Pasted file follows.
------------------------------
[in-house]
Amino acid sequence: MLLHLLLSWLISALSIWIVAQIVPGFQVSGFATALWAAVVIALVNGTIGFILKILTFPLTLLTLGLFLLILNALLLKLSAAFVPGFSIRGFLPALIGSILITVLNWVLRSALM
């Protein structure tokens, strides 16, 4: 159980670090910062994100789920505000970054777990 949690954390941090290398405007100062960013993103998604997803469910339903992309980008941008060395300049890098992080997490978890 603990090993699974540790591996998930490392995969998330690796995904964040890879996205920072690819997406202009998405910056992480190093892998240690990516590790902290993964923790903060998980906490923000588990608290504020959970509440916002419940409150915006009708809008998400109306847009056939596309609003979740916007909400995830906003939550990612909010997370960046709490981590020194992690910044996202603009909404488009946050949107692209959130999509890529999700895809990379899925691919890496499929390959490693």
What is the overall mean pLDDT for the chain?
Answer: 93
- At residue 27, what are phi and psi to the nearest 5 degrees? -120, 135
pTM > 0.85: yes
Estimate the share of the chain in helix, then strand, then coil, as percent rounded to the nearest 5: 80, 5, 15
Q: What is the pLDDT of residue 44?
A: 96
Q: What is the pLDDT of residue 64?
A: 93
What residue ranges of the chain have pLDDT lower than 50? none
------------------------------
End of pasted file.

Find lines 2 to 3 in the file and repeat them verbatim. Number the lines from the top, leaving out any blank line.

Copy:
Amino acid sequence: MLLHLLLSWLISALSIWIVAQIVPGFQVSGFATALWAAVVIALVNGTIGFILKILTFPLTLLTLGLFLLILNALLLKLSAAFVPGFSIRGFLPALIGSILITVLNWVLRSALM
């Protein structure tokens, strides 16, 4: 159980670090910062994100789920505000970054777990 949690954390941090290398405007100062960013993103998604997803469910339903992309980008941008060395300049890098992080997490978890 603990090993699974540790591996998930490392995969998330690796995904964040890879996205920072690819997406202009998405910056992480190093892998240690990516590790902290993964923790903060998980906490923000588990608290504020959970509440916002419940409150915006009708809008998400109306847009056939596309609003979740916007909400995830906003939550990612909010997370960046709490981590020194992690910044996202603009909404488009946050949107692209959130999509890529999700895809990379899925691919890496499929390959490693």